a truly representative government, one that was incredibly keen, occasional
corruption notwithstanding, on sober macroeconomic management. The government
is now undertaking a massive campaign of infrastructure improvements, financed
with a deficit far smaller than those now seen in the United States and Britain. Tax revenues increased
mightily in the years since 1994 as Afrikaner socialism has been carefully
unraveled. Which leads us to one of the more peculiar lessons of the South
During apartheid, the ANC strongly championed the divestment movement and
efforts to impose sanctions and otherwise economically isolate South Africa.
Because the National Party ultimately cracked, many now believe that the
sanctions played a vital role. And yet it turns out that economic isolation
mainly had the effect of distorting the shape of the South African economy,
driving up wages for those in the formal sector, creating an overlarge
financial sector and concentrating economic power in the hands of a small
number of firms.
To build the apartheid state, the National Party vociferously rejected
economic liberalism, which would have undermined its racial hierarchies by,
among other things, creating insatiable demand for the labor of the majority
population. The end of the sanctions regime clearly benefited the South African
economy. The more significant gains in growth, however, have come from the
dismantling of so-called import-substitution industrialization, an idea the
ruling Afrikaners embraced with the gusto of Latin American Marxists long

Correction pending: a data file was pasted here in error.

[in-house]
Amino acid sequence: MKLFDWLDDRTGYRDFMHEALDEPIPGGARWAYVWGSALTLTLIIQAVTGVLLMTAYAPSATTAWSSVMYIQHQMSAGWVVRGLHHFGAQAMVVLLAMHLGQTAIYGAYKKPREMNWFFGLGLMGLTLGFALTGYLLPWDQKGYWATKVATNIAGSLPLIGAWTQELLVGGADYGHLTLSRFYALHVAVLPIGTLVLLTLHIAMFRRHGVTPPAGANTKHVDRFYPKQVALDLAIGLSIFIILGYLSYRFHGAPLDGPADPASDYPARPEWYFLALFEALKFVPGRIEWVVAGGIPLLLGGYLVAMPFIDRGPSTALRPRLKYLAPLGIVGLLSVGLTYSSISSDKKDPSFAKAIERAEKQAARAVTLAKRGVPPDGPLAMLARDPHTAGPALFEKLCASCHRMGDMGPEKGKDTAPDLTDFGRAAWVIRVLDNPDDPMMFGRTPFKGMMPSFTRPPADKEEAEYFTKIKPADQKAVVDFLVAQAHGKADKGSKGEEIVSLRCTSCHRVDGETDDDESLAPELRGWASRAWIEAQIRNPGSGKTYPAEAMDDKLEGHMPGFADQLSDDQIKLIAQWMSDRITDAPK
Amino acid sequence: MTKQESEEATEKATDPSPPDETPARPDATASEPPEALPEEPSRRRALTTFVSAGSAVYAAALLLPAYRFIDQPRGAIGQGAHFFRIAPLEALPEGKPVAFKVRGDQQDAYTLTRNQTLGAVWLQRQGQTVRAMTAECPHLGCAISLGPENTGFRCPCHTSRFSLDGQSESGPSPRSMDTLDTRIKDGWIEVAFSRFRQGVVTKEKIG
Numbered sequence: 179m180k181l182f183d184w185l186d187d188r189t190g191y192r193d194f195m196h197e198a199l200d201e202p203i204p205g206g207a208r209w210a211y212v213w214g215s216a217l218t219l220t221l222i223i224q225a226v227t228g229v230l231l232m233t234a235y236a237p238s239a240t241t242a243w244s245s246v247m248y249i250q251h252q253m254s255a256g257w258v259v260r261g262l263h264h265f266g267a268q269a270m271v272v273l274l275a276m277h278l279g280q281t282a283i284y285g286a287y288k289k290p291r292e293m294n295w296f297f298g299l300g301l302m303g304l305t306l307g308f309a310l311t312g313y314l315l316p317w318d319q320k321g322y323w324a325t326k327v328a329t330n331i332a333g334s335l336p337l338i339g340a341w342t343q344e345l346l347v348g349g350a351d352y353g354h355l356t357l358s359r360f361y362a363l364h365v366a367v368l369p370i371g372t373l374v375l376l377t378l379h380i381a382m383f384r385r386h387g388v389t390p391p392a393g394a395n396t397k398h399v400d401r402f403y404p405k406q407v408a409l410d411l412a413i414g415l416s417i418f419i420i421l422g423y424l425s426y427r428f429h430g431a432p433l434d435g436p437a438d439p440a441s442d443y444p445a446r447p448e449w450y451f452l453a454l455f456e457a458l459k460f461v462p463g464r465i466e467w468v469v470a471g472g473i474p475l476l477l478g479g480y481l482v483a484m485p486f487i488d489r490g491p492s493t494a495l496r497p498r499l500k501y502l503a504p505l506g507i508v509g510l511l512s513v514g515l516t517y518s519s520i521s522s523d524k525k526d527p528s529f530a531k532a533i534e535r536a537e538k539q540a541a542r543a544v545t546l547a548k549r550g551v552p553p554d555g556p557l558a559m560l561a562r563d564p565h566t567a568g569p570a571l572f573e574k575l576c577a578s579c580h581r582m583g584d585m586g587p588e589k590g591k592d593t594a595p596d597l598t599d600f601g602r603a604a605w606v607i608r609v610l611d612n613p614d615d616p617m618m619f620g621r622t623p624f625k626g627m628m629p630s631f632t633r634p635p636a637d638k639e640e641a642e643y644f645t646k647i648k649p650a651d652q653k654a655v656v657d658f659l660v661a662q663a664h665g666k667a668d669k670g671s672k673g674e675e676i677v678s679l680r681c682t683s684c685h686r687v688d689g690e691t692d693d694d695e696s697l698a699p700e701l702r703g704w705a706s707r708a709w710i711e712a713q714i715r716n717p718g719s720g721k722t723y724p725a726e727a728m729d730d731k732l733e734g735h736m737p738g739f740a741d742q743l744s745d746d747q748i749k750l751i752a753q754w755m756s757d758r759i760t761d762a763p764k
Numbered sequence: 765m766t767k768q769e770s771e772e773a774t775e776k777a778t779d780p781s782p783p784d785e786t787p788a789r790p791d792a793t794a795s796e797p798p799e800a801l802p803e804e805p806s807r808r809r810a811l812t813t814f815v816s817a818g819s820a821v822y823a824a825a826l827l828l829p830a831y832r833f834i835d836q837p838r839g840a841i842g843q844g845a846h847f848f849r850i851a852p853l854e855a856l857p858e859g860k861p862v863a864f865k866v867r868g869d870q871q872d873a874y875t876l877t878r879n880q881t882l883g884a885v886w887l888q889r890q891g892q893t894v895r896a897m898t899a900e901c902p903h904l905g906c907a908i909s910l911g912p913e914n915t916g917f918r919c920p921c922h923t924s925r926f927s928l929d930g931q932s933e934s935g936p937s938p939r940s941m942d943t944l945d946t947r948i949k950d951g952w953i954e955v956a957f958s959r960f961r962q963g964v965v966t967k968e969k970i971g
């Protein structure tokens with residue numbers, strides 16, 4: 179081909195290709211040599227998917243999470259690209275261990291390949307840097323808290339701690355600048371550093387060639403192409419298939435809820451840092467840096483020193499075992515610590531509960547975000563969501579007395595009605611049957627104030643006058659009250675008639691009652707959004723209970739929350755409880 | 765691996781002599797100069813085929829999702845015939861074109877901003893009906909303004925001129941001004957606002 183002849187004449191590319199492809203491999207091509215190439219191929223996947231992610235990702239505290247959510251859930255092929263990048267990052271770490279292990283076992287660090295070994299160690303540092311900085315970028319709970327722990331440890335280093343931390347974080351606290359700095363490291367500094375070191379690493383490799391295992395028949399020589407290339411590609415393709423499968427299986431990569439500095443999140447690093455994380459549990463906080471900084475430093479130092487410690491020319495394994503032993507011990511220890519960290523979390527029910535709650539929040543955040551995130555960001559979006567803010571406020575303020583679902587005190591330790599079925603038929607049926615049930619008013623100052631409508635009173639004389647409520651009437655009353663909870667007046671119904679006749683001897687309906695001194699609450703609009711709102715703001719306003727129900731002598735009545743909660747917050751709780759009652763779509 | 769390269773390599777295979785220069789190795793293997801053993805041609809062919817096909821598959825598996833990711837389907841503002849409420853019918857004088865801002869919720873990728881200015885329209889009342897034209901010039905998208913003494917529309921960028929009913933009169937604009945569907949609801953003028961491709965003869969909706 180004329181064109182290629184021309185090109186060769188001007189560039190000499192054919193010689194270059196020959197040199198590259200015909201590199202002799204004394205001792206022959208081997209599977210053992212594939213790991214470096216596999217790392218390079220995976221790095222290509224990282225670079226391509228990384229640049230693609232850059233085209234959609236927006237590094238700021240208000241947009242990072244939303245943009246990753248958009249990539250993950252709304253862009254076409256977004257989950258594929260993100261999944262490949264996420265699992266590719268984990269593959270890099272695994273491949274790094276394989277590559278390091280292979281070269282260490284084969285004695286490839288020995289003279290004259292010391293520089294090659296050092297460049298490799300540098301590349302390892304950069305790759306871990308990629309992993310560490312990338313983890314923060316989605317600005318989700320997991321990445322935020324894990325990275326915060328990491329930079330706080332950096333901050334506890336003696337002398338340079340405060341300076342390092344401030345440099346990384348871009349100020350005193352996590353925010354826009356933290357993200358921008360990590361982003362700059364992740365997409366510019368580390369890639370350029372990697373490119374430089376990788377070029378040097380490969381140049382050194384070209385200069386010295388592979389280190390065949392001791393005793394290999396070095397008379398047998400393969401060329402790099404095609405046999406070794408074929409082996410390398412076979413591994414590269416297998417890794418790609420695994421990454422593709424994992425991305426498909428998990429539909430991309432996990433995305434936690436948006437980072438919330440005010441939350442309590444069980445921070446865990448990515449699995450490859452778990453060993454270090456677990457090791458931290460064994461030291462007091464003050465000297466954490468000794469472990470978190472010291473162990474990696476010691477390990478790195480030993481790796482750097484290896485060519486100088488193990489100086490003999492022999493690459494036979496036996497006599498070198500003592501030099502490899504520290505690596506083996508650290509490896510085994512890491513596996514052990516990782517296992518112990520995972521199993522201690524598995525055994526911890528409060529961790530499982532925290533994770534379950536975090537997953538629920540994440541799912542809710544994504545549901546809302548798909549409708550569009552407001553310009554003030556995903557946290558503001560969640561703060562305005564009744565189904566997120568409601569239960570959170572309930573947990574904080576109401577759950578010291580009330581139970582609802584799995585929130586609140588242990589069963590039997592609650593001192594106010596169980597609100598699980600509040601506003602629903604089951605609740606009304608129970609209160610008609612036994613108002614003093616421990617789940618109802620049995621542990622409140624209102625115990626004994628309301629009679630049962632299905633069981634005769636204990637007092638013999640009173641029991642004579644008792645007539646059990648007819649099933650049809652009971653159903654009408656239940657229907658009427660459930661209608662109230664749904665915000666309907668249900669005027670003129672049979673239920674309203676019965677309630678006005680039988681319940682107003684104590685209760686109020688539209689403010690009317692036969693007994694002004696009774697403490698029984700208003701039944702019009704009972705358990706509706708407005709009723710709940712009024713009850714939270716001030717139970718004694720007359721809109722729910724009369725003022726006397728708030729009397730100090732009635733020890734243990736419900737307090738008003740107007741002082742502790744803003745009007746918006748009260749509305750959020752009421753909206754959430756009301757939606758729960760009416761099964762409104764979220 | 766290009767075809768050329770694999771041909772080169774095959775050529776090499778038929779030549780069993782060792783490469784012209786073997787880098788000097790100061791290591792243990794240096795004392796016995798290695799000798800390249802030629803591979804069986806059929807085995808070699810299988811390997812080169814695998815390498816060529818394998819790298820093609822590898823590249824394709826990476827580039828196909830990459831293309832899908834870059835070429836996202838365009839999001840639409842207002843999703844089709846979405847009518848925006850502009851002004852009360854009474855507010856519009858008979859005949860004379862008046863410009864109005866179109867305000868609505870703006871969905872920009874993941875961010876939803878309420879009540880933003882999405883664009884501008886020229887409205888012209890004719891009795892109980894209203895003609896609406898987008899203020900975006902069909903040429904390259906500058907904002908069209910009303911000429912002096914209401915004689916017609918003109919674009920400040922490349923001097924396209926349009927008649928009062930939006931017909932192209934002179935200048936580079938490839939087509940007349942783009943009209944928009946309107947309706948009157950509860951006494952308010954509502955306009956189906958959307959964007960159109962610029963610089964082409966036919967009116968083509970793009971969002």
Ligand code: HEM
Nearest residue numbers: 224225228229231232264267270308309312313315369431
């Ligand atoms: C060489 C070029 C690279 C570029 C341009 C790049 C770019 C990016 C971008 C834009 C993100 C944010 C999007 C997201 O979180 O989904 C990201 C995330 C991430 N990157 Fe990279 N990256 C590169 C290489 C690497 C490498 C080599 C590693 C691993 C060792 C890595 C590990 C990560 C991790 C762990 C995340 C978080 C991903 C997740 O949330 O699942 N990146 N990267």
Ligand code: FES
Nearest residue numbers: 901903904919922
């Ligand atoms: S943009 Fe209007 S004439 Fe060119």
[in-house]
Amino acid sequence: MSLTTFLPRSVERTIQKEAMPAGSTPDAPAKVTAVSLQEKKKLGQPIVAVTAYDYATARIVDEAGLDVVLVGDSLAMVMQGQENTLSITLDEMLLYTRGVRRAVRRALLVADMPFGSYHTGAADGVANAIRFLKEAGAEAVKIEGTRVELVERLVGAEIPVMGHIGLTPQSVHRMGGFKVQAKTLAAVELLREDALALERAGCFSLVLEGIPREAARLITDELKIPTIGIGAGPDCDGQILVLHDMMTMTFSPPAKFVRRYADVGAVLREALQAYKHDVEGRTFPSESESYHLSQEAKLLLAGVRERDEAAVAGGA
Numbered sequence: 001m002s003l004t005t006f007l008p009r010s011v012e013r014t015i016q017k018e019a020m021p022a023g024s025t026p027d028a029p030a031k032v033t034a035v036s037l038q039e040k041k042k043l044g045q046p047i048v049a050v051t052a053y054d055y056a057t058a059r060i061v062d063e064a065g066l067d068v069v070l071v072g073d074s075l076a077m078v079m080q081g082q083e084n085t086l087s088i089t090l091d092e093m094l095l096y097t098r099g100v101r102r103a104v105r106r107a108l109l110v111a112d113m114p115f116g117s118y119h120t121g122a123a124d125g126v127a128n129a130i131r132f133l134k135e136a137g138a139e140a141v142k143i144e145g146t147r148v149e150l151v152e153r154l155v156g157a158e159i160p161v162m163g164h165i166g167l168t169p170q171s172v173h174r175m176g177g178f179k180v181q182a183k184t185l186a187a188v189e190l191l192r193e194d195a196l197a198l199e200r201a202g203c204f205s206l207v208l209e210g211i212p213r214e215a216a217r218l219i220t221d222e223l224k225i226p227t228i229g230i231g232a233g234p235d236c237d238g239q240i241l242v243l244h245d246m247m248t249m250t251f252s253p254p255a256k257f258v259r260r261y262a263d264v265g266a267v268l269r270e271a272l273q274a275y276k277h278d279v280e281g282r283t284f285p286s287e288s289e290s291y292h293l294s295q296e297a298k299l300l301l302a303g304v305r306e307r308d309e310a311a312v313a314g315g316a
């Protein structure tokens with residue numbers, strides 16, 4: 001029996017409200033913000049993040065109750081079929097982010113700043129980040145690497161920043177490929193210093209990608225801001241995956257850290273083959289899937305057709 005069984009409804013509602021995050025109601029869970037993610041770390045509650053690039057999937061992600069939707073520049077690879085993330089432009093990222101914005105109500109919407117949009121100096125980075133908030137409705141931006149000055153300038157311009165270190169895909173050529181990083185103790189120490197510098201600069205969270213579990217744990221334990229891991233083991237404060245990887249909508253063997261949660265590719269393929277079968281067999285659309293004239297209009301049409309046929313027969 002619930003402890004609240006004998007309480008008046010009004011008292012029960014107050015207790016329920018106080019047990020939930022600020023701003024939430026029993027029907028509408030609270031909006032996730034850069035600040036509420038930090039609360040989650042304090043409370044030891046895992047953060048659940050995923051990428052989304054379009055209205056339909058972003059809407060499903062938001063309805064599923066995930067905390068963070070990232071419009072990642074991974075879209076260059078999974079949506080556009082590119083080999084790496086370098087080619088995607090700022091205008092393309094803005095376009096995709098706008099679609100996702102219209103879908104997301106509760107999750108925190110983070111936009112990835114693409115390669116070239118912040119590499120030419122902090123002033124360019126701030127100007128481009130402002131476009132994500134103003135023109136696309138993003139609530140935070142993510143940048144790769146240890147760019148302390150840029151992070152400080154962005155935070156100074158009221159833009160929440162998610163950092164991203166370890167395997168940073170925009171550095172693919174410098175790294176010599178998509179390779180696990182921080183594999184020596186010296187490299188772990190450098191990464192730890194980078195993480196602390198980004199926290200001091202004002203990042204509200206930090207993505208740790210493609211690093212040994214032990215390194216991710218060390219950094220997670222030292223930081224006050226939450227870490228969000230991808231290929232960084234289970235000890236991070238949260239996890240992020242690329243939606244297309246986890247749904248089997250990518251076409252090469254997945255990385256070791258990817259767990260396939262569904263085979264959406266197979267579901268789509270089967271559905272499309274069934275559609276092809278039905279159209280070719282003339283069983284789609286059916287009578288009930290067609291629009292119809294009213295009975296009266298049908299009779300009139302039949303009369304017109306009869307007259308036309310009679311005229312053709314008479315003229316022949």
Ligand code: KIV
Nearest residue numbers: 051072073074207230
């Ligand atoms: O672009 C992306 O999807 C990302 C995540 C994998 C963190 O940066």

before international sanctions.
In a sense, sanctions represented the moral outrage of the international
community. No one intended to invade South Africa to overthrow
apartheid, and economic isolation seemed like the next best thing. Of course,
the success of the post-apartheid settlement rests in large part on the fact
that it was ultimately an internal settlement.
Had foreigners been deeply involved--had Secretary of State James Baker
shuttled in to Pretoria
to hammer out the final negotiations, as I'm sure he dearly wished--it would
have been easy for one or both parties to say the deal was null and void, as it
had been the product of external coercion. But instead it was committed cadres
of the National Party and the African National Congress who decided, on their
own terms, to retreat from the brink of disaster.
So what can President Obama, and we as citizens of the world's most powerful
country, learn from South
Africa, particularly when it comes to
encouraging democratic transitions? The news is rather grim, unfortunately. The
forces that back reform have to be seen as authentic and deeply rooted in their
societies. Short-circuiting this process through external intervention can
backfire very badly.
disputed election, I've felt very strongly that Americans should defend the
right of Iranians to protest against their government, and I've also felt that
the Iranian crackdown reveals the moral hollowness of the Iranian state's
democratic pretensions. And in this column, I've urged the president to build
an international coalition that could use economic coercion against the Iranian
elite to break its will.
But what the South African example tells us is that none of this will matter
unless the Iranian opposition can build a broad-based, effective, shrewd
political movement that reflects the diversity and the interests of all
Iranians, one that can operate inside and outside the country and defend itself
against the secret police. This won't happen overnight.
Serious observers are convinced that the Iranian regime is quite robust, and
that it can disturb a few protests and a few riots. That means that Iranians
will need leaders with all the patience, fortitude and intelligence of Mandela
on Robben Island.
I've spent the past week on an international media tour sponsored by the
government-backed organization Brand South Africa.
Despite the unusually grim weather, very rare in these parts, this has without
a doubt contributed to my pre-existing positive feelings about the country, so
please take my praise with a grain of salt.